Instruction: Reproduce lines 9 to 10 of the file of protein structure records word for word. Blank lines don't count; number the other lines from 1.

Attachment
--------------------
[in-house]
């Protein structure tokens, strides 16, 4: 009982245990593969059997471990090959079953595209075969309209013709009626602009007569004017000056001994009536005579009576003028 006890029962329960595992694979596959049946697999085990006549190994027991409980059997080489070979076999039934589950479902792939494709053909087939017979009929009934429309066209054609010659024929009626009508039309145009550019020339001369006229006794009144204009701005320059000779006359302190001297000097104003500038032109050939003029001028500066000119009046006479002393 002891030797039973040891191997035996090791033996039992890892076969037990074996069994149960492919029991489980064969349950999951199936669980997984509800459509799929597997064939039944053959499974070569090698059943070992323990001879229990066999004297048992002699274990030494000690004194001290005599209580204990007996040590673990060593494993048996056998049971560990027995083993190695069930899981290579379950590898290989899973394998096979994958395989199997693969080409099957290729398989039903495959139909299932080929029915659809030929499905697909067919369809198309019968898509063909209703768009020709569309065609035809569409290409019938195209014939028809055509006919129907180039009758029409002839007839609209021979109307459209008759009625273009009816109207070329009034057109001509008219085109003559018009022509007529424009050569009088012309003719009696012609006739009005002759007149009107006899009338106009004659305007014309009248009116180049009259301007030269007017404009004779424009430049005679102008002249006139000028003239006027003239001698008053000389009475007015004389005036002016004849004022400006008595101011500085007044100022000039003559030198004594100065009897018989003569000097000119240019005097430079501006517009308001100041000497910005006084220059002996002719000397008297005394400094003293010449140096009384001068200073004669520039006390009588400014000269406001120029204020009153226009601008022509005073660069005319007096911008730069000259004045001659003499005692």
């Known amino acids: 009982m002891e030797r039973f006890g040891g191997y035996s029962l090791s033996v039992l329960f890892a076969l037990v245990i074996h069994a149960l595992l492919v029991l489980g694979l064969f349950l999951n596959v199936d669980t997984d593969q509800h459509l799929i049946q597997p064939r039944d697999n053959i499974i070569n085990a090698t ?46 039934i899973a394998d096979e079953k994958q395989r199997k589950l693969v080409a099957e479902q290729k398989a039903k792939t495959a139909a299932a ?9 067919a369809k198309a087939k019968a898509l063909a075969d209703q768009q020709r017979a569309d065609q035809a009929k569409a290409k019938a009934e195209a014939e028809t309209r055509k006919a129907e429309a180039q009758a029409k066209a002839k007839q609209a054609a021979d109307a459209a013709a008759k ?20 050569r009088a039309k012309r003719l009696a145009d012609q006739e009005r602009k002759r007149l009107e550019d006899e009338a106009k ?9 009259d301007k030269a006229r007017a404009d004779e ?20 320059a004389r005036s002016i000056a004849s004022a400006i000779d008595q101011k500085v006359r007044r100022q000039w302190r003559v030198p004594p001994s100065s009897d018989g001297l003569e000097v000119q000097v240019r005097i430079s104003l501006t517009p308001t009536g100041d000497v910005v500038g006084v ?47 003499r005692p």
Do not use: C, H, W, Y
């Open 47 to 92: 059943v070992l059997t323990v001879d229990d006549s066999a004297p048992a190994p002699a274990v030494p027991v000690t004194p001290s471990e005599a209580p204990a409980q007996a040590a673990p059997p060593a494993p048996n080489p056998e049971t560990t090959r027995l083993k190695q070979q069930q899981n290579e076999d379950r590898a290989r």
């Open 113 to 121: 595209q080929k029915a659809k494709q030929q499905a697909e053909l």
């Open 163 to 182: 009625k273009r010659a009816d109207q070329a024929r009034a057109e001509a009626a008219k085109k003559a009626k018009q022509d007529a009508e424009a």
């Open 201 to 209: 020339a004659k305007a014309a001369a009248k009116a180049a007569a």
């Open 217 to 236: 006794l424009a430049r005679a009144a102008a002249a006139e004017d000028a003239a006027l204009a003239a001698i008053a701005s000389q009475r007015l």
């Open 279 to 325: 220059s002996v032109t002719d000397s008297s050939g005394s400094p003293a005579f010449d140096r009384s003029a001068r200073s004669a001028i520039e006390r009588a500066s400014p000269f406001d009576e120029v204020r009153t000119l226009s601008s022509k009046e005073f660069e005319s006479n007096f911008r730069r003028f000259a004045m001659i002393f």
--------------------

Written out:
């Open 217 to 236: 006794l424009a430049r005679a009144a102008a002249a006139e004017d000028a003239a006027l204009a003239a001698i008053a701005s000389q009475r007015l």
């Open 279 to 325: 220059s002996v032109t002719d000397s008297s050939g005394s400094p003293a005579f010449d140096r009384s003029a001068r200073s004669a001028i520039e006390r009588a500066s400014p000269f406001d009576e120029v204020r009153t000119l226009s601008s022509k009046e005073f660069e005319s006479n007096f911008r730069r003028f000259a004045m001659i002393f």